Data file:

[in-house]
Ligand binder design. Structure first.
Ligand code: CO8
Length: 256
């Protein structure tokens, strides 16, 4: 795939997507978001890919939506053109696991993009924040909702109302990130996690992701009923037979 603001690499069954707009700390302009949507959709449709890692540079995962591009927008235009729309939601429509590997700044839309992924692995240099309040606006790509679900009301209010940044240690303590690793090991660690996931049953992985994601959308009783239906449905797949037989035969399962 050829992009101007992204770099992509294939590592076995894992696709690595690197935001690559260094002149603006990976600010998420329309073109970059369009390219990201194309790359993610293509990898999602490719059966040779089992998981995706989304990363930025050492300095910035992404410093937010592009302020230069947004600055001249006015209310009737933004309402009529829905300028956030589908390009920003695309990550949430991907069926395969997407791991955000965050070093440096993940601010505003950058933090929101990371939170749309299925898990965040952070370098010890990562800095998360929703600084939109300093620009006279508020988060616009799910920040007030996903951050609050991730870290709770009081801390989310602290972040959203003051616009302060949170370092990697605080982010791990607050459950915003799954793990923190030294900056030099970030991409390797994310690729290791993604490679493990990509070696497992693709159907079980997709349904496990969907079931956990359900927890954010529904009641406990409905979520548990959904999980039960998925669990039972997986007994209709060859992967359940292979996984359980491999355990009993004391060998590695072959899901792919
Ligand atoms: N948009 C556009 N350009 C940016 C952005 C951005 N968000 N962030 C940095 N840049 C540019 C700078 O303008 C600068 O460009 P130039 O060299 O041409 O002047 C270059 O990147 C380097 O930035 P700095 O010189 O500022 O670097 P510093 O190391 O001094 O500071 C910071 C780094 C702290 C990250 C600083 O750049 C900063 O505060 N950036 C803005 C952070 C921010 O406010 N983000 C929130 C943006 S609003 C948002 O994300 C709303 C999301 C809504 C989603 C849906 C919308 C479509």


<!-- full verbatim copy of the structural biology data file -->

[in-house]
Ligand binder design. Structure first.
Ligand code: CO8
Length: 256
């Protein structure tokens, strides 16, 4: 795939997507978001890919939506053109696991993009924040909702109302990130996690992701009923037979 603001690499069954707009700390302009949507959709449709890692540079995962591009927008235009729309939601429509590997700044839309992924692995240099309040606006790509679900009301209010940044240690303590690793090991660690996931049953992985994601959308009783239906449905797949037989035969399962 050829992009101007992204770099992509294939590592076995894992696709690595690197935001690559260094002149603006990976600010998420329309073109970059369009390219990201194309790359993610293509990898999602490719059966040779089992998981995706989304990363930025050492300095910035992404410093937010592009302020230069947004600055001249006015209310009737933004309402009529829905300028956030589908390009920003695309990550949430991907069926395969997407791991955000965050070093440096993940601010505003950058933090929101990371939170749309299925898990965040952070370098010890990562800095998360929703600084939109300093620009006279508020988060616009799910920040007030996903951050609050991730870290709770009081801390989310602290972040959203003051616009302060949170370092990697605080982010791990607050459950915003799954793990923190030294900056030099970030991409390797994310690729290791993604490679493990990509070696497992693709159907079980997709349904496990969907079931956990359900927890954010529904009641406990409905979520548990959904999980039960998925669990039972997986007994209709060859992967359940292979996984359980491999355990009993004391060998590695072959899901792919
Ligand atoms: N948009 C556009 N350009 C940016 C952005 C951005 N968000 N962030 C940095 N840049 C540019 C700078 O303008 C600068 O460009 P130039 O060299 O041409 O002047 C270059 O990147 C380097 O930035 P700095 O010189 O500022 O670097 P510093 O190391 O001094 O500071 C910071 C780094 C702290 C990250 C600083 O750049 C900063 O505060 N950036 C803005 C952070 C921010 O406010 N983000 C929130 C943006 S609003 C948002 O994300 C709303 C999301 C809504 C989603 C849906 C919308 C479509």